Bruce Springsteen says he “raided” Elvis Presley’s Graceland compound in 1975 when The King was still alive. While on tour in support of his breakthrough Born To Run album, the rocker says he and his E Street Band mate Little Steven slipped into Presely’s place, recalling the adventure on “The Graham Norton Show”.
“It was 1975 and we were in Memphis and Steven and I wanted to go to an all-night diner so around 3 a.m. we got in a taxi. The taxi cab said, ‘Yeah there’s one right out by Elvis’ house,’” he says, setting the scene.
“‘Elvis’ house? You know where Elvis lives? Take us there right now,’” he remembers. “Taxi driver took us to Graceland, and I got out and saw that there were some lights on in the house. Gates were locked, stone wall. I looked at Steven and I said, ‘Steve, I’m going in.’”
As the audience laughs, Springsteen continues his story, explaining the taxi driver warned him against it, citing Presley’s security and “big dogs.”
A defiant Springsteen says he “jumped over the wall, ran up the drive, got to the front door and I was just about to knock on the front door and a security guy came out of the bushes.” Pausing for a laugh, Springsteen says the security guy very casually asked, “‘Can I help you?’”
“Yes. I said, ‘Is Elvis here?’ He said, ‘Well, Elvis is in Las Vegas,’” he recalls. “I said, ‘Well, can you tell him, and I genuinely don’t like to do this but, tell him Bruce Springsteen was here. And he may not know who that is but I was just one the cover of TIME and Newsweek.‘”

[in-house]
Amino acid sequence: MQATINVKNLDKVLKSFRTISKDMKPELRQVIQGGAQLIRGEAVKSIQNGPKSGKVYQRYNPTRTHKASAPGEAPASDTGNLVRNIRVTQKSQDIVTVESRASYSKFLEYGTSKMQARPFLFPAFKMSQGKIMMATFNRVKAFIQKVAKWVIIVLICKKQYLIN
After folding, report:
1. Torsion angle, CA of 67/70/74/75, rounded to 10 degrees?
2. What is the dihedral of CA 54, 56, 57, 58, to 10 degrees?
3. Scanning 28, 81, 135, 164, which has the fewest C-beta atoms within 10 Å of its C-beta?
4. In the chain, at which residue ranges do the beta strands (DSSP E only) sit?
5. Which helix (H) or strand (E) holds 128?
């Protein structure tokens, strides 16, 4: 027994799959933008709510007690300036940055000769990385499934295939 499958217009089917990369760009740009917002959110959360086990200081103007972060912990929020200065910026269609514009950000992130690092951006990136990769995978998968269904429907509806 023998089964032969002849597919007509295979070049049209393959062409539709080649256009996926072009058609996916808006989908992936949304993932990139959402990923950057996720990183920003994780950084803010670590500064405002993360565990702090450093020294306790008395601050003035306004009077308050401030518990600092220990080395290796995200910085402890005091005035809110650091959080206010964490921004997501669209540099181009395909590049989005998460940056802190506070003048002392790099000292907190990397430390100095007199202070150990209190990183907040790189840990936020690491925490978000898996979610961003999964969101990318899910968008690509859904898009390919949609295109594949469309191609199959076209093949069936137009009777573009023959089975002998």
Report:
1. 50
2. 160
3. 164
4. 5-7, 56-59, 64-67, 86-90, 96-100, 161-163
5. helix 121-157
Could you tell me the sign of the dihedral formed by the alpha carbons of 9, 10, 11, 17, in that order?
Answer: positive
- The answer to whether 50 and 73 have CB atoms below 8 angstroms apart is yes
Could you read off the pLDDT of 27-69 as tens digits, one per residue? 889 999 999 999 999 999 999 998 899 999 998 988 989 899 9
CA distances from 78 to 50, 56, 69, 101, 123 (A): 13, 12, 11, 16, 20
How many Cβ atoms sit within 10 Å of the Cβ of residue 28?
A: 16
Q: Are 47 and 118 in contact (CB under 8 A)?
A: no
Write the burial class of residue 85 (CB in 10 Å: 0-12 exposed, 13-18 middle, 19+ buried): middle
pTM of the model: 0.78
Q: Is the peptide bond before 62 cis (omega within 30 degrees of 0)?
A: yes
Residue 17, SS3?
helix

Springsteen says the security guard promised to tell Elvis and walked him out to the gate.
“That’s as close as I ever got to Elvis Presley,” he finishes, with a laugh.
During Springsteen’s visit to “The Graham Norton Show”, the “Born To Run” singer reveals Presley wasn’t the only person who he idolizes, revealing he picked up some moves from Mick Jagger by practising the Rolling Stones’ frontman’s signature strut in front of the mirror as a kid.
“Every frontman worth his salt has stood in front of a mirror at some point in time with either a broom or the tennis racket and spent hours in his room moving to 45s. That was a big part of my studies,” he adds.